5 component_type The sequencing status of the component. These typically correspond to keywords in the International Sequence Database (GenBank/EMBL/DDBJ) submission. Current acceptable values are:
A
Active Finishing
D
Draft HTG (often phase1 and phase2 are called Draft, whether or not they have the draft keyword).
F
Finished HTG (phase 3)
G
Whole Genome Finishing
N
gap with specified size
O
Other sequence (typically means no HTG keyword)
P
Pre Draft
U
gap of unknown size, typically defaulting to predefined values.
W
WGS contig
6a component_id If column 5 not equal to N: This is a unique identifier for the sequence component contributing to the object described in column 1. Ideally this will be a valid accession.version identifier assigned by GenBank/EMBL/DDBJ. If the sequence has not been submitted to a public repository yet, a local identifier should be used.
6b gap_length If column 5 equal to N: This column represents the length of the gap.
7a component_beg If column 5 not equal to N: This column specifies the beginning of the part of the component sequence that contributes to the object in column 1 (in component coordinates).
7b gap_type

If column 5 equal to N: This column specifies the gap type. The combination of gap type and linkage (column 8b) indicates whether the gap is captured or uncaptured. In some cases, the gap types are assigned a biological value (e.g. centromere).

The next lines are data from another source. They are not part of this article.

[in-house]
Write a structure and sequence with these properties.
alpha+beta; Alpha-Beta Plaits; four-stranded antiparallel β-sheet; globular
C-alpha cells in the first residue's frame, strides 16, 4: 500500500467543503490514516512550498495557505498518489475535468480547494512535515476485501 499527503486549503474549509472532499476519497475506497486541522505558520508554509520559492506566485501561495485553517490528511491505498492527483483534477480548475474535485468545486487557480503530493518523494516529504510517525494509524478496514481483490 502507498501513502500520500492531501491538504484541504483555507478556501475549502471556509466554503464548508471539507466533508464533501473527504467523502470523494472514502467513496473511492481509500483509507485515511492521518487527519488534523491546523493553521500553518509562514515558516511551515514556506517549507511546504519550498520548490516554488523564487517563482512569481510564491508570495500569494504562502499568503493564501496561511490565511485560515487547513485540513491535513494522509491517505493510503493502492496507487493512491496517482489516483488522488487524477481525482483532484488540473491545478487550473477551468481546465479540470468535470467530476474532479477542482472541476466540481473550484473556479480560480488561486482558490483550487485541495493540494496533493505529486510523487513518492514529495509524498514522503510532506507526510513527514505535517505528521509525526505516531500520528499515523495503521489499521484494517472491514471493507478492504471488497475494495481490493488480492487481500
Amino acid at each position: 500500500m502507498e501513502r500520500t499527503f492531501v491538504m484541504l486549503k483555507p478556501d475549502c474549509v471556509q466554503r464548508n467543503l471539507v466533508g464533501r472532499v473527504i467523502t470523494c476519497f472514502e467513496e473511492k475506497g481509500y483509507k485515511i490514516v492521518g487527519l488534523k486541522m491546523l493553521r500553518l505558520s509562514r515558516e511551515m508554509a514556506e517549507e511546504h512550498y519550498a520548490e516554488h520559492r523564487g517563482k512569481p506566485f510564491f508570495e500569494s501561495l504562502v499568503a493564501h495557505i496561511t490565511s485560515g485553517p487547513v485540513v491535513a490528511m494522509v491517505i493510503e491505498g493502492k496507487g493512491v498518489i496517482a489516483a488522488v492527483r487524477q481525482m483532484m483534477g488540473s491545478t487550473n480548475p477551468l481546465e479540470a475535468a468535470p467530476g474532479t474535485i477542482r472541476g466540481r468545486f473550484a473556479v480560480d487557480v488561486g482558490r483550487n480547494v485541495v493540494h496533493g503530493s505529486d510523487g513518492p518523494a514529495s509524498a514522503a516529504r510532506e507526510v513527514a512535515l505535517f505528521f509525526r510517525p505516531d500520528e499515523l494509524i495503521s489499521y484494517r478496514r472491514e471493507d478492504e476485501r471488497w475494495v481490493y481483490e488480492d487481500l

Accepted values:

fragment:
gap between two sequence contigs (also called a ‘sequence gap’).
clone:
a gap between two clones that do not overlap.
contig:
a gap between clone contigs (also called a "layout gap").
centromere:
a gap inserted for the centromere.
short_arm:
a gap inserted at the start of an acrocentric chromosome.
heterochromatin:
a gap inserted for an especially large region of heterochromatic sequence (may also include the centromere).
telomere:
a gap inserted for the telomere.
repeat:
an unresolvable repeat.
8a component_end If column 5 not equal to N: This column specifies the end of the part of the component that contributes to the object in column 1 (in component coordinates).
8b linkage

If column 5 equal to N: This column indicates if there is evidence of linkage between the adjacent lines.

Values:


yes
no
9a orientation

If column 5 not equal to N: This column specifies the orientation of the component relative to the object in column 1.

Values:

+
plus
-
minus
0 (zero)
unknown
na
irrelevant

By default, components with unknown orientation (0 or na) are treated as if they had + orientation.

9b   If column 5 equal to N: This column is empty- there is no filler. A tab should be inserted after the 8 th column though so that all lines have 9 columns.
Extended comments:
Columns should be tab delimited. Lines end with a new line (\n). There should be no extra space around the individual tokens.
All coordinates given in the file are 1-based inclusive (not 0-based). i.e. the first base of an object is 1 (not 0).
Evidence of linkage. In general, evidence of linkage is provided by end pairs (sometimes referred to as mate pairs). Although, other evidence could be used such as transcript alignments). In some cases, evidence of linkage may be indirect. For example, given the following scaffold: